Some facts about the Sunnyside neighborhood:
- Founded as a district in 1891 by the Sunnyside Land Company
- Located in south-central San Francisco, approximately one by one-half mile in size, about 43 blocks
- Contains about 2800 households and about 6000 residents
- SF Planning Dept places it in the Outer Mission Neighborhoods Group and includes City College of San Francisco within its boundaries
- Part of both District 7 (Supervisor Norman Yee) and District 8 (Supervisor Rafael Mandelman)
- Two schools: Sunnyside Elementary School (SFUSD) and Saint Finn Barr School (Catholic) and nine preschools, including Miraloma Cooperative Nursery School
- Two parks: Sunnyside Playground and Dorothy Erskine Park
- Served by two BART stations: Glen Park BART and Balboa Park BART
- Served by three Muni bus lines: 23-Monterey, 36-Teresita, and 43-Masonic
- Has walkability score 78 on Walkscore, with 80/transit and 64/Bikability
- Just call it “Sunnyside” (not “The Sunnyside”)
Below is a historical summary and description.
Some Neighborhood History
Sunnyside was laid out for residential development by a private real estate investment company called Sunnyside Land Company in 1891. The generally south-facing hillside of the area lent itself to the name ‘Sunnyside,’ which was at that time also a popular name for other neighborhoods, such as in Marin and Santa Cruz. Before that the land was part of the Rancho San Miguel, providing pasture for dairy animals and land for some farming.
The man who founded the land company was Behrend Joost, a German-born hardware entrepreneur and real estate investor. His great claim to fame was starting San Francisco’s first electric streetcar, the San Francisco and San Mateo Electric Railway. He was indeed far-seeing; soon electricity was running most of the streetcar lines in the city. Sunnyside was one stop on the line, and the railway provided the primary connection to the rest of the city for the new neighborhood. Yet it remained sparsely populated for years.
After the Quake and Fire of 1906, house-building picked up a bit, and more people moved out to the neighborhood, as happened elsewhere in the city. But not until the building boom of the 1920s did the blocks begin to fill out and business on Monterey Boulevard picked up. Still, many of the hillier streets remained undeveloped until 1950s.
There are mix of house styles, with a few Victorian cottages interspersed among a much larger number of modest midcentury 4- or 5-room homes, including Mediterranean Revival. [More history in Links section below.]
Sunnyside is a medium-sized neighborhood that is bordered by Interstate 280 on the south-east, Glen Park on the east, Miraloma Park to the north, and Westwood Park/Highlands to the west.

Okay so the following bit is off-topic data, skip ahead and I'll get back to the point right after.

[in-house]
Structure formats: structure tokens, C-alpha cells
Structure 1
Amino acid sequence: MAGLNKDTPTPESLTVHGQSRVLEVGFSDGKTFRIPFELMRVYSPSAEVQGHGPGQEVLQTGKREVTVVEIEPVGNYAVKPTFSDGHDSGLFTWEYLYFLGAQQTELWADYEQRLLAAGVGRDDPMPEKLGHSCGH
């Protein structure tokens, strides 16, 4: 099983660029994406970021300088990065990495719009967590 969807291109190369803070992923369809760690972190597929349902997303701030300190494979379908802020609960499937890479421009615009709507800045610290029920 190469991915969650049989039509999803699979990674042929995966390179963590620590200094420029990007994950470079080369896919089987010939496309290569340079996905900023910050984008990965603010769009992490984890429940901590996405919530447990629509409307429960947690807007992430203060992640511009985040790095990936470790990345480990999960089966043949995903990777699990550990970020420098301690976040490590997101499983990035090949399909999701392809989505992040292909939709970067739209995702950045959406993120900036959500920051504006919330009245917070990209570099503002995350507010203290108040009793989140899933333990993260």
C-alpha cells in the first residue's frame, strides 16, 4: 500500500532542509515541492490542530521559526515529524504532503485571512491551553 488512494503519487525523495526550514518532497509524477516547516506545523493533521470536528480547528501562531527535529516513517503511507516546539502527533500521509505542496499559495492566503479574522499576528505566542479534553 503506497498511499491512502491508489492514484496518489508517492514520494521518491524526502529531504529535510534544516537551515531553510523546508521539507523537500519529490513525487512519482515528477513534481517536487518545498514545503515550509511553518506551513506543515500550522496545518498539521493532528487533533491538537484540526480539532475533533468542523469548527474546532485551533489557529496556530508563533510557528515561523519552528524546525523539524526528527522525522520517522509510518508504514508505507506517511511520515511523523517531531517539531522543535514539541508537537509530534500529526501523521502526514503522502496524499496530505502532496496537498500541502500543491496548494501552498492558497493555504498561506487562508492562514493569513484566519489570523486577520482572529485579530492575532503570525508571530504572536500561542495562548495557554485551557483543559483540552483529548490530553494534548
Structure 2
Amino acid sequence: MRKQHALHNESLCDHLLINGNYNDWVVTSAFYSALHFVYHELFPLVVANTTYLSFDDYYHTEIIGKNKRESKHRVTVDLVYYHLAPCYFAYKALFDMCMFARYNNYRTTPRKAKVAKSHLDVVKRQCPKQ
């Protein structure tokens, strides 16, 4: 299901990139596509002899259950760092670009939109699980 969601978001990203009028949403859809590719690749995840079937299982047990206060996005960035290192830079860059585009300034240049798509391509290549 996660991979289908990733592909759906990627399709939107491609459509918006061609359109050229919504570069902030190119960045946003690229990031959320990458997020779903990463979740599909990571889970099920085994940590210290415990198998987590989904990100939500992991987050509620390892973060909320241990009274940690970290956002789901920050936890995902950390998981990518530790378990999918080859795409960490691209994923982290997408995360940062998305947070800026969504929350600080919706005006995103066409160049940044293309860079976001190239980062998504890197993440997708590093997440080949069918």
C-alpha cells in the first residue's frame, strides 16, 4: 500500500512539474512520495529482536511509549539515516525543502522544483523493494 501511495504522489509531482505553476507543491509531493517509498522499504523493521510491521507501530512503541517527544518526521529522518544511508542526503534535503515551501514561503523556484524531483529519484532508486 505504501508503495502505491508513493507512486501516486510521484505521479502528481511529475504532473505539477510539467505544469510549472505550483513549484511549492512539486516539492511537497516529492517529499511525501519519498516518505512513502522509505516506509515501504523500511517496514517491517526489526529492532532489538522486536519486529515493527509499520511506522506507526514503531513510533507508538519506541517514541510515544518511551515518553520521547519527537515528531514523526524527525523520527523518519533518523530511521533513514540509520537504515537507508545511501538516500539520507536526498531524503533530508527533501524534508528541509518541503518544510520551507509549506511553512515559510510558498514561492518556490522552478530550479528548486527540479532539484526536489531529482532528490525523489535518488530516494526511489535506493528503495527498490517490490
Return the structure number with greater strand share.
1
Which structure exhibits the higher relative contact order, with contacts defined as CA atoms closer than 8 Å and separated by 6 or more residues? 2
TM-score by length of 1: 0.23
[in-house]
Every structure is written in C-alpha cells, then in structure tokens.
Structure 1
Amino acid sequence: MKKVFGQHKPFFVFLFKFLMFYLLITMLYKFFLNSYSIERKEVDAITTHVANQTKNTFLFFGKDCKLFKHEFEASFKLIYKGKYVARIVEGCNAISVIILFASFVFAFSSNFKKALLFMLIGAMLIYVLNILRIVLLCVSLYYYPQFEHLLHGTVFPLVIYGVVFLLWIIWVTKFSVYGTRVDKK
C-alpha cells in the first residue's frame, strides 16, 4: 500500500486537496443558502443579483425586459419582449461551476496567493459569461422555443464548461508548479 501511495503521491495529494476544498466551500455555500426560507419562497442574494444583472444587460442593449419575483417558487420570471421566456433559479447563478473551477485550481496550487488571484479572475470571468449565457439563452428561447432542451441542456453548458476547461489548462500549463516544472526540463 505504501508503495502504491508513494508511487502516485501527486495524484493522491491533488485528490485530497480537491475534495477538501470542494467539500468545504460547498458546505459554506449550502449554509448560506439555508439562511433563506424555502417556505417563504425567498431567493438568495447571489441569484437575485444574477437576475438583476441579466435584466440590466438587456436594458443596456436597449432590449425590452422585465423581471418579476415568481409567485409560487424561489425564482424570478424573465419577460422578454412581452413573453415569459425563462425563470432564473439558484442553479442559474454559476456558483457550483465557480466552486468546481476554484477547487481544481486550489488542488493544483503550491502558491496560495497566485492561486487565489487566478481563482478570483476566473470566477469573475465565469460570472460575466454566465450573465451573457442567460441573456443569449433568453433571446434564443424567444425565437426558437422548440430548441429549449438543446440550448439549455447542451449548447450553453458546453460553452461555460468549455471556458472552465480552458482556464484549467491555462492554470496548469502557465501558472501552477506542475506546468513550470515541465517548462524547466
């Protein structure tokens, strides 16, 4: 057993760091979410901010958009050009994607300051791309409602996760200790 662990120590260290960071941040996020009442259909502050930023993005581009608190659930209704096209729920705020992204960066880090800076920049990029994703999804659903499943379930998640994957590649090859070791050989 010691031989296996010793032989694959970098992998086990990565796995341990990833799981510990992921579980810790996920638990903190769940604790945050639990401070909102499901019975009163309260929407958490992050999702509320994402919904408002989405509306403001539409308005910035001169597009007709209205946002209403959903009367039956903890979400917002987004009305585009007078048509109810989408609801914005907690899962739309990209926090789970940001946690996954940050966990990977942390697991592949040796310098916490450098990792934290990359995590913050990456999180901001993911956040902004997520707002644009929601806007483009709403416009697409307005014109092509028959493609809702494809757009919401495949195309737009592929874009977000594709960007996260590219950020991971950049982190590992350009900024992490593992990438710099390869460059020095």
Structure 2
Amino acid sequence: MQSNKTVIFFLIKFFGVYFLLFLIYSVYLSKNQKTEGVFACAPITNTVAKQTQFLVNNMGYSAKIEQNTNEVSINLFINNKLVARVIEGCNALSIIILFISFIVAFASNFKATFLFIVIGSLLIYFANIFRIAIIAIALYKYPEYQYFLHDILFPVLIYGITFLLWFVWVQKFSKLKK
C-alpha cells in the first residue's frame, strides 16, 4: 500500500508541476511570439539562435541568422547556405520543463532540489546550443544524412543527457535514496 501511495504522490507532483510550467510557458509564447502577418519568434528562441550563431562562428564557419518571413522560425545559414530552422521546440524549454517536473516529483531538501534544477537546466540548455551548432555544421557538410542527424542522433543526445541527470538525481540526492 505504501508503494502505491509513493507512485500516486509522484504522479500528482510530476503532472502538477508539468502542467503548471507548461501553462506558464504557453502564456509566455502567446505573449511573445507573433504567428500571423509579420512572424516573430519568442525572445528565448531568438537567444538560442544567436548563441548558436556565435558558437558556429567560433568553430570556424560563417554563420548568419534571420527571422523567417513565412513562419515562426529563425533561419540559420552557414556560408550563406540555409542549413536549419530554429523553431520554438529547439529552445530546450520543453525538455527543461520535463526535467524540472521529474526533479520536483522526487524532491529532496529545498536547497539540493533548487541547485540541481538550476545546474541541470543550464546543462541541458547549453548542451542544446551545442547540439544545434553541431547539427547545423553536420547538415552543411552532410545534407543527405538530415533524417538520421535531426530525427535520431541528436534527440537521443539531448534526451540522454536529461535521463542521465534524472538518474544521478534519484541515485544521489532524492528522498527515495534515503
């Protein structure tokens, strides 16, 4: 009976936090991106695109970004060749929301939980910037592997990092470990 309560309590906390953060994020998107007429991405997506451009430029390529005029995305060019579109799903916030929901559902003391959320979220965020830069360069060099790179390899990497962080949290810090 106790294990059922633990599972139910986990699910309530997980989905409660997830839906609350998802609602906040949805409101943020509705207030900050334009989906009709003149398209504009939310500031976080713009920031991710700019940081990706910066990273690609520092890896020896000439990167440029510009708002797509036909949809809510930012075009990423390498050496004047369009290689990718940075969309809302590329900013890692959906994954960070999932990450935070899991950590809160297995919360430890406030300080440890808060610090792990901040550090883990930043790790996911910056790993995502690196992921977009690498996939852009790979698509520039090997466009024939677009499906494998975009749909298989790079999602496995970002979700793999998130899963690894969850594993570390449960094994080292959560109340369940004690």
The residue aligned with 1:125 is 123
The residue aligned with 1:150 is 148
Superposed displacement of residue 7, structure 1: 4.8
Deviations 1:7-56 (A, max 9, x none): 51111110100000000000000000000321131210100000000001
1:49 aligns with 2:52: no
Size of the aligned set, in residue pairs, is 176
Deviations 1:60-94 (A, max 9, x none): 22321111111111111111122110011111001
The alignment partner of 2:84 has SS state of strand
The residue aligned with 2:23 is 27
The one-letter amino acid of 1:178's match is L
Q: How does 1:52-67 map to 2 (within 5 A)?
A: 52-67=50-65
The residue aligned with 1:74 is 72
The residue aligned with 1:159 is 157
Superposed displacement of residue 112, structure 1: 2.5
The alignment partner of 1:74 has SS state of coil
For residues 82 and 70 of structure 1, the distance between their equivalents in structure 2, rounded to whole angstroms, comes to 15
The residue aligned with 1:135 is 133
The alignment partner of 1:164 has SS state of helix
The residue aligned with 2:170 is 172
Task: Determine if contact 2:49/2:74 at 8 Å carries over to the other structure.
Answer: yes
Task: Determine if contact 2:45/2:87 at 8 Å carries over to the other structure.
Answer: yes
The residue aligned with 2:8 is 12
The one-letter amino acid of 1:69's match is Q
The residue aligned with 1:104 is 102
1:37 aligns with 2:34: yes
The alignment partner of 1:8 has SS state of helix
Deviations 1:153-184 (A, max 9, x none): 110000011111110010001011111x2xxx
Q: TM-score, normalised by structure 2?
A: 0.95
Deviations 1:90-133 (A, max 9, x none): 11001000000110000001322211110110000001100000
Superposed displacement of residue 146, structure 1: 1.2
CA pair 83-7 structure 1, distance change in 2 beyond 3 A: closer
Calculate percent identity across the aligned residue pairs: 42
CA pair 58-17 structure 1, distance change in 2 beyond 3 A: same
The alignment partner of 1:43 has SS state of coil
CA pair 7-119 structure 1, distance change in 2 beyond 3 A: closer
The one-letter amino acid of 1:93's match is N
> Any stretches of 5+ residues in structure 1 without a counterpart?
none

To the south is the main campus of City College of San Francisco (CCSF), which is officially part of the neighborhood. CCSF was built on a hillside formerly occupied by the City jail until the 1930s. The college has been extensively remodeled and modernized since 2000 and offers superior sports facilities, modern buildings, BART and MUNI access, and is the largest community college in the United States.
On the north edge is Sunnyside Playground. Built in the 1960s, this beautiful park has great views, a basketball court, tennis courts, a clubhouse with local programming from Recreation and Parks Dept, and a new children’s play area, having undergone many improvements in the 2000s.
Sunnyside’s primary shopping street is Monterey Boulevard, from Edna Street to Ridgewood Avenue, with small businesses, restaurants, cafes, and a Safeway.
The neighborhood has one beautiful but not well known landmark: the Sunnyside Conservatory.
It was built by inventor W. A. Merralls in the early 1900s, but had fallen into disrepair by the 1970s. After being saved from demolition by local residents, it was named City Landmark #78 in 1975, and restored. In the early 2000s it was further renovated with the aid of more extraordinary local effort, and is now managed by the Recreation and Parks Department, which rents it as a location for music events, weddings, and more.
Sunnyside still feels like a working-class neighborhood, despite nestling next to tonier enclaves to the west, such St. Francis Wood and Sherwood Forest. Perhaps because of the topography, and the dead-end streets created by City College and Interstate 280, Sunnyside has always had a somewhat isolated feeling–next to everything, but not a part of it.
The Sunnyside Neighborhood Association
We are the “voice” of Sunnyside. Founded in 1974, the SNA has provided the organizing backbone for local community action and events for more than forty years. Over the decades, the association has taken on a wide range of issues and initiated many changes in local infrastructure, traffic and parking, the environment, and local business matters–as well as organizing fun events for families like the annual Halloween party. Some of the many neighborhood projects included tree planting and traffic calming.
The association has also helped nurture good relations with City College as that important institution has developed and grown. Our District 7 Supervisor is a frequent speaker at our quarterly meetings, as well as other local government figures, law enforcement officials, and city services representatives.
Sunnyside — a good place to live!